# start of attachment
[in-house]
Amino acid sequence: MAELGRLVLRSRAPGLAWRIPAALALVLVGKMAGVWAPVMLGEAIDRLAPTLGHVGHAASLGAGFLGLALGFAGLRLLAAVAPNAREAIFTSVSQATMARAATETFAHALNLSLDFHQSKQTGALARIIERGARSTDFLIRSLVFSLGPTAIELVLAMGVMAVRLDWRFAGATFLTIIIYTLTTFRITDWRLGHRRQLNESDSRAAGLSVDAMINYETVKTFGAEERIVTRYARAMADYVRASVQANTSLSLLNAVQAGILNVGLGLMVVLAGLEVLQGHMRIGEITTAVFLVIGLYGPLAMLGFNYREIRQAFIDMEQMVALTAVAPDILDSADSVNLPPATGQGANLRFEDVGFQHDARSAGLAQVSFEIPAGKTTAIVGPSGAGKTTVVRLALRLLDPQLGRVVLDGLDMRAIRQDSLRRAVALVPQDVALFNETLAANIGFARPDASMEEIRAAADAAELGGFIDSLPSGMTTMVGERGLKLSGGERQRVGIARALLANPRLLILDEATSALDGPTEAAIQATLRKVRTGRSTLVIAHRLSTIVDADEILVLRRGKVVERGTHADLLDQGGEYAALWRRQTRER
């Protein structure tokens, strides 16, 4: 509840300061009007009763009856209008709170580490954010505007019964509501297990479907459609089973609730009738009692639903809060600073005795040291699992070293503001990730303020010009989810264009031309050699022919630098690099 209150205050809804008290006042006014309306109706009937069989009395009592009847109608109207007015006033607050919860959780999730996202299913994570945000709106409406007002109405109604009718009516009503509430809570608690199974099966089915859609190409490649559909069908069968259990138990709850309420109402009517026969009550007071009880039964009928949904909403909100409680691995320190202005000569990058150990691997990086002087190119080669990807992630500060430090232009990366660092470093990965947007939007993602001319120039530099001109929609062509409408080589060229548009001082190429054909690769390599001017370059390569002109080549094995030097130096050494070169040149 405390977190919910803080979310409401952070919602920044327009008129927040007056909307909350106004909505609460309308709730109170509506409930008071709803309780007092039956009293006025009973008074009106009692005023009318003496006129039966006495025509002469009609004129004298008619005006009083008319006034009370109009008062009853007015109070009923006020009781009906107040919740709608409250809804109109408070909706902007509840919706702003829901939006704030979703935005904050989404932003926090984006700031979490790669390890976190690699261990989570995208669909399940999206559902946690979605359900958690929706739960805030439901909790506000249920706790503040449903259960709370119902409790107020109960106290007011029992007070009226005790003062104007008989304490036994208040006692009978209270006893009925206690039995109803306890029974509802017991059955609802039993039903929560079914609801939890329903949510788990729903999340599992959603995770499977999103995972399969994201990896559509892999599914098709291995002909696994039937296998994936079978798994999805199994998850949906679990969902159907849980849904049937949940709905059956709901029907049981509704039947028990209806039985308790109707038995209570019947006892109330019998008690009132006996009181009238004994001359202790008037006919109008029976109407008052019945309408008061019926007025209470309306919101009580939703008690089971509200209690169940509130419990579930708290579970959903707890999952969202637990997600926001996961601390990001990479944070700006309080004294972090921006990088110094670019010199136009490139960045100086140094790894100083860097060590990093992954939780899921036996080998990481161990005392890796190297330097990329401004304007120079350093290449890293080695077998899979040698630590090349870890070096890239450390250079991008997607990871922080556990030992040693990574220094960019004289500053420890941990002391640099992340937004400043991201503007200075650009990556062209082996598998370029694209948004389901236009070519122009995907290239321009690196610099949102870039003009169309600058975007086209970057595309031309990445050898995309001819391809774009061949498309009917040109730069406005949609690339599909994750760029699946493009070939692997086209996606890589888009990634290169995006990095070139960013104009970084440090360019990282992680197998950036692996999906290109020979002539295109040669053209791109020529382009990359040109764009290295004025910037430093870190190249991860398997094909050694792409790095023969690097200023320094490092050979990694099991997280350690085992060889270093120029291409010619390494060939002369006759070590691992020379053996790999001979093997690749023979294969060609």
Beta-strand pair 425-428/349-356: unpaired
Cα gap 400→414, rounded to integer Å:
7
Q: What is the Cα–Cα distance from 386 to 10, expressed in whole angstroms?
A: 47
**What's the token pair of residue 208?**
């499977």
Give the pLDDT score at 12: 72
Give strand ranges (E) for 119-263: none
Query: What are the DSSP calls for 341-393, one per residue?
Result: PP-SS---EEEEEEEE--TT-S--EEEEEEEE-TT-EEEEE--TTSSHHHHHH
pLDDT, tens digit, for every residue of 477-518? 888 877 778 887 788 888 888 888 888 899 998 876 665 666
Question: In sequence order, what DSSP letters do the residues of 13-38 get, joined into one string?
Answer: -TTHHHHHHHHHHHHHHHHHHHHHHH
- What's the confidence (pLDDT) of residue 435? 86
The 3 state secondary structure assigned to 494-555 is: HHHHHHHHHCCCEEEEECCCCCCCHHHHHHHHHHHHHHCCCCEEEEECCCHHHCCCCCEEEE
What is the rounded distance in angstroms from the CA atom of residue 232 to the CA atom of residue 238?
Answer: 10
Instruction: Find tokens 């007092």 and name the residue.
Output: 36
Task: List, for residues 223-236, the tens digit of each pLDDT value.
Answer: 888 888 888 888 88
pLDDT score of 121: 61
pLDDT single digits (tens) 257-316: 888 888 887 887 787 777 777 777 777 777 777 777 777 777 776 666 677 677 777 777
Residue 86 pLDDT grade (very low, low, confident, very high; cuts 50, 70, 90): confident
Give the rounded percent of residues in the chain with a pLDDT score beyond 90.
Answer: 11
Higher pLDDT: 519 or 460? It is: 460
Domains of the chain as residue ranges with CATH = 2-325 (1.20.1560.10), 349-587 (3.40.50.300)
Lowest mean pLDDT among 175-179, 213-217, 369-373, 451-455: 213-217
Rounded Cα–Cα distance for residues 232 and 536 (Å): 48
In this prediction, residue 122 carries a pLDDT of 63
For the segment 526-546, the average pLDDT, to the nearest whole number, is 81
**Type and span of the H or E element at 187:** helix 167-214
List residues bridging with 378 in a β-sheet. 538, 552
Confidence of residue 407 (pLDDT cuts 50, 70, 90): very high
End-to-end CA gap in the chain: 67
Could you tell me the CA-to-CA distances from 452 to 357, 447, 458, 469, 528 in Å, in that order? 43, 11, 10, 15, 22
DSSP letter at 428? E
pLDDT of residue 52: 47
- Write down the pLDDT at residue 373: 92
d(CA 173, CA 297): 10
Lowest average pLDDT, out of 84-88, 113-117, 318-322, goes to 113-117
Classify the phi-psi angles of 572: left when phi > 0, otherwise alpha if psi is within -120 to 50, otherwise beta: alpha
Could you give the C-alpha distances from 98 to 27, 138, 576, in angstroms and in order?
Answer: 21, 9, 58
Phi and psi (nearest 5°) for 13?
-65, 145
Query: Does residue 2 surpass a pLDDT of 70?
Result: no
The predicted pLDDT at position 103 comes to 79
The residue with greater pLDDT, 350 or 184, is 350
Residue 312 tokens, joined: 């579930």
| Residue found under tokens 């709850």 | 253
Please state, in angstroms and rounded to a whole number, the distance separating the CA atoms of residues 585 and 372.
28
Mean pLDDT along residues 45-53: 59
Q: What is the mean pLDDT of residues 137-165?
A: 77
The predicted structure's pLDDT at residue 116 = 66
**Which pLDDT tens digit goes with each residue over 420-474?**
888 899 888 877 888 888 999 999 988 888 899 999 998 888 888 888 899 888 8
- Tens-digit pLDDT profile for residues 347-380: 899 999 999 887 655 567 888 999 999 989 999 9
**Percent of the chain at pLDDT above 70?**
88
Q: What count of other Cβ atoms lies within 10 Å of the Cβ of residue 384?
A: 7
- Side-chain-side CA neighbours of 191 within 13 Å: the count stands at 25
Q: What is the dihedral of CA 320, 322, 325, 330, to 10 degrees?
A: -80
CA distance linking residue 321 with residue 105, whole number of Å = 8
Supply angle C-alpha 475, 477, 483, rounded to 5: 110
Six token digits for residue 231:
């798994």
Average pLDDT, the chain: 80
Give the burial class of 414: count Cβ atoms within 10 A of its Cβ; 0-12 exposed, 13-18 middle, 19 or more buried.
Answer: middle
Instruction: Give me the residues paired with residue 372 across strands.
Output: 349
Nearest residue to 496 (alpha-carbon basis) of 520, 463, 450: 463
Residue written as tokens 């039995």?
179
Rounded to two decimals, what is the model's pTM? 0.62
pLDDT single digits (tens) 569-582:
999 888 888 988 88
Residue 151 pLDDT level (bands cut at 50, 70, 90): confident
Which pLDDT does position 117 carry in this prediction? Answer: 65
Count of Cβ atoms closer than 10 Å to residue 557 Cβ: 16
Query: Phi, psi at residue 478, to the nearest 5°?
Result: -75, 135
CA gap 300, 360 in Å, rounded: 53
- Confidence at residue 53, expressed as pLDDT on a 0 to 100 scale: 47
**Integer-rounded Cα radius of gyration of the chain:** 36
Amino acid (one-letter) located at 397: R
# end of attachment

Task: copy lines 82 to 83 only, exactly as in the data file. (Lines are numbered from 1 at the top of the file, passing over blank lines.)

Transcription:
Output: 349
Nearest residue to 496 (alpha-carbon basis) of 520, 463, 450: 463